Sunlight in the Shadows: The Landscape of Emily Carr
Patricia Vervoort is an assistant professor of art history at Lakehead
Although the title suggests that this is a study of Emily Carr’s landscape paintings, it is instead a book of photographs of the landscape that inspired Emily Carr. Each magnificent photograph by Michael Breuer is placed with a selection from the artist’s unpublished writings. This publication responds to the frequent comment, “Now that I’ve come to British Columbia, I understand her paintings so much better.” The writings and the five-page introduction, which gives a biographical sketch of Emily Carr, are by Kerry Mason Dodd, manager of the Emily Carr Gallery of the Provincial Archives of British Columbia.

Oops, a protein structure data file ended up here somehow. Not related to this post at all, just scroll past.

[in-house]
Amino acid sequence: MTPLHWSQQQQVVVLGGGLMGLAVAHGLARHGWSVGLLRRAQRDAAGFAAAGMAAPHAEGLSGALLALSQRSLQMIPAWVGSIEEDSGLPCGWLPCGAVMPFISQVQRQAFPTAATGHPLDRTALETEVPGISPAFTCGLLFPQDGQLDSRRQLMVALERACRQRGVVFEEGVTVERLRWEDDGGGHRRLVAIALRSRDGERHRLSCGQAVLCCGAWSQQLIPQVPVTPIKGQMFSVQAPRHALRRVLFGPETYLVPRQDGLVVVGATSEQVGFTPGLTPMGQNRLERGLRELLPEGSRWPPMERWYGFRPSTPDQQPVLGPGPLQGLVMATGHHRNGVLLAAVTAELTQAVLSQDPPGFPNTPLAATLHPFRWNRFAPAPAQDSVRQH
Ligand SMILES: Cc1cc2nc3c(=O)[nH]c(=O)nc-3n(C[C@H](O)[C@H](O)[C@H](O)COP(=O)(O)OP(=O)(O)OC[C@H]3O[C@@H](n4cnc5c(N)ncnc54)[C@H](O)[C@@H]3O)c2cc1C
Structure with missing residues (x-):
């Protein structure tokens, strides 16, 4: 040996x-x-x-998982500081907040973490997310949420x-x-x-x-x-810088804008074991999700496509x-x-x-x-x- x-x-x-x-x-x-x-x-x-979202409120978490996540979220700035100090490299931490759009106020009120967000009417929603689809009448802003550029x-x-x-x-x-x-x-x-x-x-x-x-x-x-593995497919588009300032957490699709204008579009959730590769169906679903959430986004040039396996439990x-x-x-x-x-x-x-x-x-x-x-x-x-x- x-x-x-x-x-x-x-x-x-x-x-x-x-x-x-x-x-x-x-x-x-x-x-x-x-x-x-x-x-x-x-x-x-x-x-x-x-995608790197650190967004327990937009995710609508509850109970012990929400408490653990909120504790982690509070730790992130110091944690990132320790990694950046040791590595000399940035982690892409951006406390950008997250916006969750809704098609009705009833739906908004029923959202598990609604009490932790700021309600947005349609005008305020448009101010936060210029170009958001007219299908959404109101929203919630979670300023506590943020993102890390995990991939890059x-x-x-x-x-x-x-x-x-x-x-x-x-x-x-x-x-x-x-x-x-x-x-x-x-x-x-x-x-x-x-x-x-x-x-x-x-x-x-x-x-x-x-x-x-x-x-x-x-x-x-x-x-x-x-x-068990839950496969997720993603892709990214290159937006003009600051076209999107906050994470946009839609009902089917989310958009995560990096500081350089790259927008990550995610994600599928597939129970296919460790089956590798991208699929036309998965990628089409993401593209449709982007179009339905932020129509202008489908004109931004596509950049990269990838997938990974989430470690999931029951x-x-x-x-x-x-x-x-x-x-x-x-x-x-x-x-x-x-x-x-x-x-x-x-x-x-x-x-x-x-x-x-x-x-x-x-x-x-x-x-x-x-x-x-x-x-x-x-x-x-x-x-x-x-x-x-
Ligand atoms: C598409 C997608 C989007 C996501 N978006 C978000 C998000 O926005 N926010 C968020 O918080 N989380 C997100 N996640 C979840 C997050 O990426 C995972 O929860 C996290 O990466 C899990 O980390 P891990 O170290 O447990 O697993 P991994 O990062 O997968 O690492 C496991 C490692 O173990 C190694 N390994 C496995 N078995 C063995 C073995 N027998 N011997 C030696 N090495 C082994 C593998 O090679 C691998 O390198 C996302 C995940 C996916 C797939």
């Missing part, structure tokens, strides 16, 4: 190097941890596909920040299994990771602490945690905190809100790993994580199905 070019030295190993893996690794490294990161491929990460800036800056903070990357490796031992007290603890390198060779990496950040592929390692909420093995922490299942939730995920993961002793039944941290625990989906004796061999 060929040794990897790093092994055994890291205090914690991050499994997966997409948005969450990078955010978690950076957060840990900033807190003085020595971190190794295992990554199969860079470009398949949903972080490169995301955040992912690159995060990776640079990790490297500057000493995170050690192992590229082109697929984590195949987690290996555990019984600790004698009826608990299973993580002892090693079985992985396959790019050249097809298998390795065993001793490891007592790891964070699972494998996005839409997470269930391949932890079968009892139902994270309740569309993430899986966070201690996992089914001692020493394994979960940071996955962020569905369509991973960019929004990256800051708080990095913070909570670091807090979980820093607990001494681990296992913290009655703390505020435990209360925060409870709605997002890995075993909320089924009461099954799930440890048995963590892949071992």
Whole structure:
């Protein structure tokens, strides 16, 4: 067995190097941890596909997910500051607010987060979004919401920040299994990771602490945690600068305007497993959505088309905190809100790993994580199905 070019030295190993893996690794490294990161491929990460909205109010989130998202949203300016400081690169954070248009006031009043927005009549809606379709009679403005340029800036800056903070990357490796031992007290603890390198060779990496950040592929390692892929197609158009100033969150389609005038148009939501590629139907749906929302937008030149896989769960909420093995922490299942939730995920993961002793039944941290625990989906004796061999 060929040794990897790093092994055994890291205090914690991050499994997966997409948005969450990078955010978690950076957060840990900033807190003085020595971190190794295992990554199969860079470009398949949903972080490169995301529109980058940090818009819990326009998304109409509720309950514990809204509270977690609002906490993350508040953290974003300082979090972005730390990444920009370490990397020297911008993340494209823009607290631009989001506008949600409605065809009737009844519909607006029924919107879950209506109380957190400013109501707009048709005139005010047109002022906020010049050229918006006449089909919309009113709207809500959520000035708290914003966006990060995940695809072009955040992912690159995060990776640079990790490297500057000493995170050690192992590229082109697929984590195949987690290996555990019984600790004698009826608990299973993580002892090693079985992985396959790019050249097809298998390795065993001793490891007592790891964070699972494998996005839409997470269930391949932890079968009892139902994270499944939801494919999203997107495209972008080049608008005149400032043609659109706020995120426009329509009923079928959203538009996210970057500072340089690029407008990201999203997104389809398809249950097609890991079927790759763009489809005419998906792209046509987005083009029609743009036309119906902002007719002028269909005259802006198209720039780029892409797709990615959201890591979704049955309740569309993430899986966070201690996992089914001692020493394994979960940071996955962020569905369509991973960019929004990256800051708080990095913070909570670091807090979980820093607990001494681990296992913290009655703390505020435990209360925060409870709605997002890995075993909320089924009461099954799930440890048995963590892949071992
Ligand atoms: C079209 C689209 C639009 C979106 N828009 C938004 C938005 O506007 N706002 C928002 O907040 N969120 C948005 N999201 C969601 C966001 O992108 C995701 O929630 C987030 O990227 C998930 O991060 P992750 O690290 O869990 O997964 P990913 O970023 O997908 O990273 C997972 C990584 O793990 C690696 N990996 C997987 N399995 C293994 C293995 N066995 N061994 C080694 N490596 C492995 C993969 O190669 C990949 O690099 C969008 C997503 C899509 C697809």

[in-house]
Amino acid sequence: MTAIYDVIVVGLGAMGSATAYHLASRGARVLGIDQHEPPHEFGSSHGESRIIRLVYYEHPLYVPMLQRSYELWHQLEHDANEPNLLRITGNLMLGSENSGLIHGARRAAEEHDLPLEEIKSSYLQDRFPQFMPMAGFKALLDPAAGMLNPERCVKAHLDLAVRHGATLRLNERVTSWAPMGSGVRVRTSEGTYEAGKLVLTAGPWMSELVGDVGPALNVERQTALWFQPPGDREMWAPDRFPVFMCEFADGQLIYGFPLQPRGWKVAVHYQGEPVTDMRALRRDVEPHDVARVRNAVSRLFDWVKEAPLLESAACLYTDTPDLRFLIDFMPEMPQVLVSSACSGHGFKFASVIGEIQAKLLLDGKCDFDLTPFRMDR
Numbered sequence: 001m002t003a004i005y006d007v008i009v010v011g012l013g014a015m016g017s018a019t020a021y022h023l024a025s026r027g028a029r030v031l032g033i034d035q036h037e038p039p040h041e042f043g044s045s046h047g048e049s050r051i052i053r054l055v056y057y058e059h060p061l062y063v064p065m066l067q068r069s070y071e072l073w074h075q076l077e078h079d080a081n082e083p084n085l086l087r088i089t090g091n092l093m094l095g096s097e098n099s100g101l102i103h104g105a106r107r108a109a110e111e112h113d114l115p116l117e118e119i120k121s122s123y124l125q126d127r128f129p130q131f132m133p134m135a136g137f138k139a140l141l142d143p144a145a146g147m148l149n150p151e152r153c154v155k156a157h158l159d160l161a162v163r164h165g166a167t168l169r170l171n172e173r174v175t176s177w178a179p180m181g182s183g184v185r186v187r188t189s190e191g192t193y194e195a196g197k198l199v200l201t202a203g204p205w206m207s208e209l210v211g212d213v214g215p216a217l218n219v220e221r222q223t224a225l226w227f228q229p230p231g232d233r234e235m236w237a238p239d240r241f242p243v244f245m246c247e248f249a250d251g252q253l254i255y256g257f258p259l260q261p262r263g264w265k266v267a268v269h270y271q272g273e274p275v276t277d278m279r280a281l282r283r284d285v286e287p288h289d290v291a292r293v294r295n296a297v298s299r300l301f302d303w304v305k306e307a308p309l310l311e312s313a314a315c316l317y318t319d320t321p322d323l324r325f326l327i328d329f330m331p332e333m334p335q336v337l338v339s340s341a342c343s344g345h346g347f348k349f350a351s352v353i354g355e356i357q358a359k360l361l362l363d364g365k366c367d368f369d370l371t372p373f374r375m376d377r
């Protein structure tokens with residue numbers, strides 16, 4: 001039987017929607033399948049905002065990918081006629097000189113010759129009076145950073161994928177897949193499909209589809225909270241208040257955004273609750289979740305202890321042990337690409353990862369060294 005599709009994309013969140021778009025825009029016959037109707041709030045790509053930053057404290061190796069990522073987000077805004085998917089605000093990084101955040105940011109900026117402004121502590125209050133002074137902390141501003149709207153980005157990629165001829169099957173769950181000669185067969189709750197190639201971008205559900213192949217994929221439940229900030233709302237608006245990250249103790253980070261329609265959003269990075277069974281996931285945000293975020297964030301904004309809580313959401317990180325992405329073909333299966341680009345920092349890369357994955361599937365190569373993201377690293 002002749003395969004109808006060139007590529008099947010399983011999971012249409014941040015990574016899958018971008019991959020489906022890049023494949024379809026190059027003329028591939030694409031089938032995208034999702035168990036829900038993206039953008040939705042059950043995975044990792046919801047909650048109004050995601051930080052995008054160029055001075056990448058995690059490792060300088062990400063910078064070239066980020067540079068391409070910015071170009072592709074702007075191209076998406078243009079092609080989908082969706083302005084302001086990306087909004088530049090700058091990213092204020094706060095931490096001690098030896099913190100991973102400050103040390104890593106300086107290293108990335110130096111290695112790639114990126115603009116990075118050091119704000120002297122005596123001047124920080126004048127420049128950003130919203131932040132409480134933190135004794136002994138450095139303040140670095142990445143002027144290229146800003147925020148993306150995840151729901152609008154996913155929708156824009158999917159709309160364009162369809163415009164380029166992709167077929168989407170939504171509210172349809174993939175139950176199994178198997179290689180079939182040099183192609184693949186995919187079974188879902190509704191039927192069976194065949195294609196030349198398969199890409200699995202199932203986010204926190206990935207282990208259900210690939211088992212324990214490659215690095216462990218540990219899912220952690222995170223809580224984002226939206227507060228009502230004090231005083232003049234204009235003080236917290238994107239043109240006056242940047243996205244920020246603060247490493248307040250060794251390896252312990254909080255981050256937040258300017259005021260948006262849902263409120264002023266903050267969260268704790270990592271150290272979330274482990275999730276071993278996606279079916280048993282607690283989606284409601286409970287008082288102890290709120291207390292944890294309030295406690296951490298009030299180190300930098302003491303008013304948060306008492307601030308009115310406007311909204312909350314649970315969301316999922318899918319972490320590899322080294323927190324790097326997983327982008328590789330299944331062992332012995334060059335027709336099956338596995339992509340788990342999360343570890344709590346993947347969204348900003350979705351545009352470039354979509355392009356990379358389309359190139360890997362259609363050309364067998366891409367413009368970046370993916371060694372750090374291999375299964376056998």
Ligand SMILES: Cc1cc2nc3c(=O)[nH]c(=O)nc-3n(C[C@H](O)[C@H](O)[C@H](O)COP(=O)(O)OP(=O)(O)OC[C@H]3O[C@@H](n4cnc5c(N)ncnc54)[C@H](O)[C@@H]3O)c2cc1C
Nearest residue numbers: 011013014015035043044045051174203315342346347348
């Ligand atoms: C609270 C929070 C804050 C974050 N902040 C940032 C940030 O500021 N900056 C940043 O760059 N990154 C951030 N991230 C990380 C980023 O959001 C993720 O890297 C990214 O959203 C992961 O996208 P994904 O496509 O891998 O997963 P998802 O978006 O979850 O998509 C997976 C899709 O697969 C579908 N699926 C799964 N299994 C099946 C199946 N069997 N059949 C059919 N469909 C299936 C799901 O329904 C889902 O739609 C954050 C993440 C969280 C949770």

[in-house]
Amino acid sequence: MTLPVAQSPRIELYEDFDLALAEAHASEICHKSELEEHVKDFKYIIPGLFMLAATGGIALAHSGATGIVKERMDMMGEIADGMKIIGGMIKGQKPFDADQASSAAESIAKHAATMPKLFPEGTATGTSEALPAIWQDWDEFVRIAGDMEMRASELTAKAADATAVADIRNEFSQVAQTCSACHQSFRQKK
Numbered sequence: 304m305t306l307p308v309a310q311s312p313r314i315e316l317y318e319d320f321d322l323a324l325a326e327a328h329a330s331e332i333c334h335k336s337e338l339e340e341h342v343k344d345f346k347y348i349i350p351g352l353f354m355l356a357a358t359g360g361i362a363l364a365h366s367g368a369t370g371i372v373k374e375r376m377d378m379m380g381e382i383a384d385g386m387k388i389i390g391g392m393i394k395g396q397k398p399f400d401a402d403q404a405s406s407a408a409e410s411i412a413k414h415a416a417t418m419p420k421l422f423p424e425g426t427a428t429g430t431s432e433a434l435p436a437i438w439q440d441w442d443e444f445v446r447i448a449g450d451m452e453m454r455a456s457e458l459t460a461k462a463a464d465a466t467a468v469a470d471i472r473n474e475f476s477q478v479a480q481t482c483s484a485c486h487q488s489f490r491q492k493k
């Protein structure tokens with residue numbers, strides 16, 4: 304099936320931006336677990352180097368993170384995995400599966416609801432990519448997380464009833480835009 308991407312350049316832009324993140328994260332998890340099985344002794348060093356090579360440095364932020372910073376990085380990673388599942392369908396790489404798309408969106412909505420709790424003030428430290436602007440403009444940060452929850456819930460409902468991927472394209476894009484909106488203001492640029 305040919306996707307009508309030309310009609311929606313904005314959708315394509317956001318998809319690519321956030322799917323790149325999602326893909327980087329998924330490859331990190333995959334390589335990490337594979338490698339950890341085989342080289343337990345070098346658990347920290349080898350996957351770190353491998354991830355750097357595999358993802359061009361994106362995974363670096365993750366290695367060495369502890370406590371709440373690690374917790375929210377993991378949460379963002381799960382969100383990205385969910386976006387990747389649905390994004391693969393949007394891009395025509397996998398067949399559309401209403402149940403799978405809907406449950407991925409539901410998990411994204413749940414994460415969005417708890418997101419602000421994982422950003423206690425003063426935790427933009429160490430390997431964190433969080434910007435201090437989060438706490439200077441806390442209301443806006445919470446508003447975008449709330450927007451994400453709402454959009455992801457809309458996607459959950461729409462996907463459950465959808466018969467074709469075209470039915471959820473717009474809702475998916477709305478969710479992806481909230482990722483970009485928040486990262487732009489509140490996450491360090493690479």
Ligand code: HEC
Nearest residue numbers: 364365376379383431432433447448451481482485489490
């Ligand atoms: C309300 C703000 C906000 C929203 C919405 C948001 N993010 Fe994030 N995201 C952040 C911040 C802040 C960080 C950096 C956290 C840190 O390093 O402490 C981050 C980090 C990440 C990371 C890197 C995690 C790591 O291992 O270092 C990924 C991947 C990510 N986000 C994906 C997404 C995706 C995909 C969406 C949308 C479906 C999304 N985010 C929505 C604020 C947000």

Michael Breuer visited the sites painted by Emily Carr and captured the atmosphere and beauty of each. To accompany a comment from Carr’s journal dated 16 January 1936 (“‘organized turmoil of growth’ that’s what those thick undergrowth woods are and yet there is room for all”), Breuer photographed this lush dampness in #28, captioned “Rainforest, Vancouver Island.” “A stray sunbeam” is from Carr’s notebook of 1913 and is captured appropriately by #30 and #31. Each photo is startlingly clear and is enhanced by the artist’s specific writings.
Most of the photographs emphasize the landscape, one records the family home (#66), and another, the artist’s grave (#72). Only one painting by Carr is photographed: the Indian Eagles she painted on the attic ceiling of her “House of All Sorts” (#17). This publication is an admirable addition to the publications on Emily Carr and provides an armchair visit to her visual sources of inspiration.